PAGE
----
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On 2012’s All Love, Boogey ends the heartfelt song with the lines “the most gifted of my time but always left out/ niggas feeling at home it’s time to move em to the guest house.”

Six years on, those words which will foretell the intricacy of his lyricism and sadly, his under appreciation are brought to the fore again. As a large number of critics and listeners believe, you’ve got to sacrifice your rap talent at the table of the audience. M.I’s albums are a proof of this, Skales career has been a proof of this, Olamide and Phyno too. The moneybag is aimed for, and you sacrifice an eye to get a better aim. It isn’t anything new to Hip Hop and the large cast of those categorized as sellouts.

Boogey is no sellout, and we have no reason to term anybody that. Music, like any other art form wielded at its finest is an attempt to reach a maximum potential. If the creator of the music decides the music’s ultimate goal is to drag him and his generation out of poverty, and he works towards that and achieves it, you couldn’t begrudge the nigga even if you wanted to, because that would make you a hater. Boogey’s situation is delicate because he has almost no haters except Facebookers decrying his alleged proud personality and everyone else telling him to loosen up and make relatable songs.

With an ear down to listen, Boogey has responded with quite a lot of projects. Alongside frequent collaborator Paybac and the veteran A-Q, he is one of the more consistent rappers in the country. In each of these projects, they’ve been at least two songs which have had the potential to ‘blow.’ Said No (featuring Yvonne), Show You Something (a single), Liquor Nights (featuring Tay Iwar) and BBQ & Shayo (off Faceoff, the collaborative project with Paybac) all have, to me, that extra – that unnamed element that could force radio spins and turn up a crowd. But they didn’t.

In an alternate universe, Boogey is actually one of Nigeria’s best rapper and the numbers show for it. His merch sell and the crowds fill up the space outside his every show venue. But that’s just it…an alternate universe. In reality, he is no where near that fantasy. Certainly, frustration must be setting in and you can hear it in his voice but Boogey still goes on with his job with diligence, his passion for the art strong still.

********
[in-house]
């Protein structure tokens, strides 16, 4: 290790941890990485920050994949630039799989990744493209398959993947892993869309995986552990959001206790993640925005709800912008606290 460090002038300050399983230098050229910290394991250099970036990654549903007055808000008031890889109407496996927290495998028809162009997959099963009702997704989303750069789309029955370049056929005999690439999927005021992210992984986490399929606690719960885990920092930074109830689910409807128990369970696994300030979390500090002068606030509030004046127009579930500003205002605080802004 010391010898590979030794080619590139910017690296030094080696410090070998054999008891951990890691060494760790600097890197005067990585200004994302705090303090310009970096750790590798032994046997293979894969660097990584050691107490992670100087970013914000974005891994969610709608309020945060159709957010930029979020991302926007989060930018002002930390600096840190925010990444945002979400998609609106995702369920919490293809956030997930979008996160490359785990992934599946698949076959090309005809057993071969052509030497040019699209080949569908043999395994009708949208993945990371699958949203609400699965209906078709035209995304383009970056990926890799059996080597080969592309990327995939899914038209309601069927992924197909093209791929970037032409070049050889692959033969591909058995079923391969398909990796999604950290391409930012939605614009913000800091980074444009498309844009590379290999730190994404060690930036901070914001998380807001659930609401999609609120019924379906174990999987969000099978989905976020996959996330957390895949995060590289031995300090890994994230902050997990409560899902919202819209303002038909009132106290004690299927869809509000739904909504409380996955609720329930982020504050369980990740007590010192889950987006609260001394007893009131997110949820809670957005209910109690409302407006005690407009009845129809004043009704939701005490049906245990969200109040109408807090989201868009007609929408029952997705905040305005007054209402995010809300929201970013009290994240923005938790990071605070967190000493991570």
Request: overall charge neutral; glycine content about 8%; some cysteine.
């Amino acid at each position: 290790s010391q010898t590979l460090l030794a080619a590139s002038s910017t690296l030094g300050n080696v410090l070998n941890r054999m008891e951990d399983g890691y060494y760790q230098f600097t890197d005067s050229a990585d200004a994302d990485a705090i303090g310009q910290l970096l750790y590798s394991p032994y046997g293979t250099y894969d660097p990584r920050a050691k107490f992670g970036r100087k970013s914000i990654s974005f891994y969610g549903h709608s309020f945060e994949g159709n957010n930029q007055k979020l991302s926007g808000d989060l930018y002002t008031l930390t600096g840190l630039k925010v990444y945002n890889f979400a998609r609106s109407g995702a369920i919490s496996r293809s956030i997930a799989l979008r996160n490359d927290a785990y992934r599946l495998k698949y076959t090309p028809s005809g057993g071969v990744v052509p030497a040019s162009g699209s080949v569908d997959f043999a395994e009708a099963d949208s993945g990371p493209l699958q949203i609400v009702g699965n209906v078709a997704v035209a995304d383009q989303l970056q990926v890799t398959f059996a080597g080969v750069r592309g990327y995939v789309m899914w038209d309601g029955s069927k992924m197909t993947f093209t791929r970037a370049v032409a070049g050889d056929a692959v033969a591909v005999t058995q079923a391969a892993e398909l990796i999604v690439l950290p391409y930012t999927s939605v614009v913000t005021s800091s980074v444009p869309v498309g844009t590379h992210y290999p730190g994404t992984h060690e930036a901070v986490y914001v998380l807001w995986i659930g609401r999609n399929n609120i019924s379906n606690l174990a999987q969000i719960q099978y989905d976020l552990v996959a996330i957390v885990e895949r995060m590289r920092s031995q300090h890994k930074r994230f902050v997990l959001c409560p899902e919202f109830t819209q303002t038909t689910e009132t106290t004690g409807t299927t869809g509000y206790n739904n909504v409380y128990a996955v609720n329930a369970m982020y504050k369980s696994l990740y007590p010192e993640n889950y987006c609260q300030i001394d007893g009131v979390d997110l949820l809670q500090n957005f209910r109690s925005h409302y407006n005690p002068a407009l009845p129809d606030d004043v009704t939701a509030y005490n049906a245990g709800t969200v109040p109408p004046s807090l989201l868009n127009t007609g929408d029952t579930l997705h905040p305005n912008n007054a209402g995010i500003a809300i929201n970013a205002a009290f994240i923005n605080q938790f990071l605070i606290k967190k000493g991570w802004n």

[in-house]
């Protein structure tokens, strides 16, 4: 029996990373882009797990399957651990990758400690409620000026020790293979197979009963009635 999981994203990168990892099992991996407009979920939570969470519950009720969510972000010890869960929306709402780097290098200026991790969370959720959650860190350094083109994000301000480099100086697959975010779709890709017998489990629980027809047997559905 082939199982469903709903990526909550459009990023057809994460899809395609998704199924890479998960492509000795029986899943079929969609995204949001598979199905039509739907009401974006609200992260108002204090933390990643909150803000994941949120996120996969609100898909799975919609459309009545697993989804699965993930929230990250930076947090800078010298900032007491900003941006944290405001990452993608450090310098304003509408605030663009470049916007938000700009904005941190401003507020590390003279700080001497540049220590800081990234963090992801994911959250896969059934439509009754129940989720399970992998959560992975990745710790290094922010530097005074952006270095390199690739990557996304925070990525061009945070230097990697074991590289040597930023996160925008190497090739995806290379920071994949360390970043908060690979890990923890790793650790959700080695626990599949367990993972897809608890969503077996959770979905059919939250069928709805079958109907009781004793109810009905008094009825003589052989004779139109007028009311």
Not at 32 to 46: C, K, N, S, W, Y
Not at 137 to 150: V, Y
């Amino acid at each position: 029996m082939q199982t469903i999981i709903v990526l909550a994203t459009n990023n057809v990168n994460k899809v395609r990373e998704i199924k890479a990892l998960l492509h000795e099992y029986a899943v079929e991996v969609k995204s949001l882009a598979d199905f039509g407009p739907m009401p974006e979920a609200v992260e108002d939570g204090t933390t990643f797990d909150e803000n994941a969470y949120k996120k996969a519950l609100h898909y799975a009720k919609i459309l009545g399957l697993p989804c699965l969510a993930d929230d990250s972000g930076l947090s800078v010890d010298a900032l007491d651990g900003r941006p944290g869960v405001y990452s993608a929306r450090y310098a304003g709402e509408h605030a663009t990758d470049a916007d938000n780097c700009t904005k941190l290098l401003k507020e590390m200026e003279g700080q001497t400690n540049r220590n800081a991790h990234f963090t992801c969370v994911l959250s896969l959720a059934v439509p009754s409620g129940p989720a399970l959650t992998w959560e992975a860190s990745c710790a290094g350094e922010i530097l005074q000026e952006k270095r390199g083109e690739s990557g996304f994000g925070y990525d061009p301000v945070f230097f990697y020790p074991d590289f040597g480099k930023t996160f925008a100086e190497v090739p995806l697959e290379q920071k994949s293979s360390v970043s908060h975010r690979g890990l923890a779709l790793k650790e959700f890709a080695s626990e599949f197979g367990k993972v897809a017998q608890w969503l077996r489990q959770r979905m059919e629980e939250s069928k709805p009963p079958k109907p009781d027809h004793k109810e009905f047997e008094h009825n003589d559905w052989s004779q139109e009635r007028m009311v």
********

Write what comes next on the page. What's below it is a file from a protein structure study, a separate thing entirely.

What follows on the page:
In the opener of his new EP with the producer CHx, we can hear the masked one hitting Boog up, expressing an idea for an experimental project. Boogey’s tone is somewhat defeated. After his three minute opener though, the mood is downplayed. Nothing is ever enough when it’s his pedigree and dreams on the line. Versus is quite the experiment, with Boogey going hard over the hard drums of CHx’s trap production. There’s a deathly hum behind Boogey’s words and AUSTIIN and Soul Scrollz provide the perfect mood for its hook. The “Bad and Boujee” line just about proves Boogey’s sense of humor – you just have to be that dope to engage with his kind of funny. Queen however, has Boogey over a reggae beat and it is incredible how his flow is easily adjusted to different sounds. Pasha’s hook just about adds that extra sheen to an already polished song.

With compound sentence song titles actually becoming a Nigerian thing in 2018, Boogey follows M.I’s cue on The Universe Is A Big Fat Baby, a soulful song with a dark air about it; Boogey assuming the role of a cute boy being used by ladies contemporary Nigeria call small girl. Mon Lee’s contribution just about defines the song’s artistic vision and Paybac is the mood modifier – his raspy voice adding a touch of inevitability to a song which has emotions running about like headless chickens.

Lazarus – as often as who has listened to the project tipped – is the Radio’s Delight. Mind you, a radio song doesn’t necessarily mean Boogey has dumbed down but it has elements so strong he allows himself to flow with the tide. It is also worth noting that the features (Boybreed & Onosz) more or less, own this one. The title too, due to its biblical background, could be found out as his meaning for a metaphor, his search for the familiar. In his first verse, he’s on about trying to rise and always falling in a ditch. The second verse however, lies therein the question: should I rap for free? And then goes on to proclaim himself as “twice as gifted but never get half the cheese.”

Running, the close to the project, is a neo soul sound with Jesse Jagz esque pockets of beat drops evident in CHx’s production. Tetta, who has been on a good year’s run (from releasing one of her more successful singles Shut Door, Shut Love to featuring in the Project Femme EP titled Altecation) features on this, owning the soul of the song, a somewhat lukewarm end to an explosive project. It is unfamiliar terrain though, and it fits into Charlie’s aim of experimentation.
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Never Enough is a beautiful project that strikes with equal precision and ferocity: on one hand – Boogey, like he’s done many times decry his current status in the rap game: financially and other wise. He wants to smell his flowers while alive but like a master, he has made his lemons out of lime, too. When he isn’t making similes about being under appreciated, his flow is actually one of the best in the game and the sound behind works. CHx is one of the few producers who are able to imagine a whole sonic difference from the age’s norm and still make it acceptable.

It is great that Chx is making Boogey experiment, Great producers push beyond the sonical limits of an artiste and help them unlock new dimensions to their abilities and music, most rappers don’t even see themselves as musicians – in the very sense of the word, but they should and must embrace new ways to pass across their messages and reach out to a broader audience while maintaining artistic integrity.  



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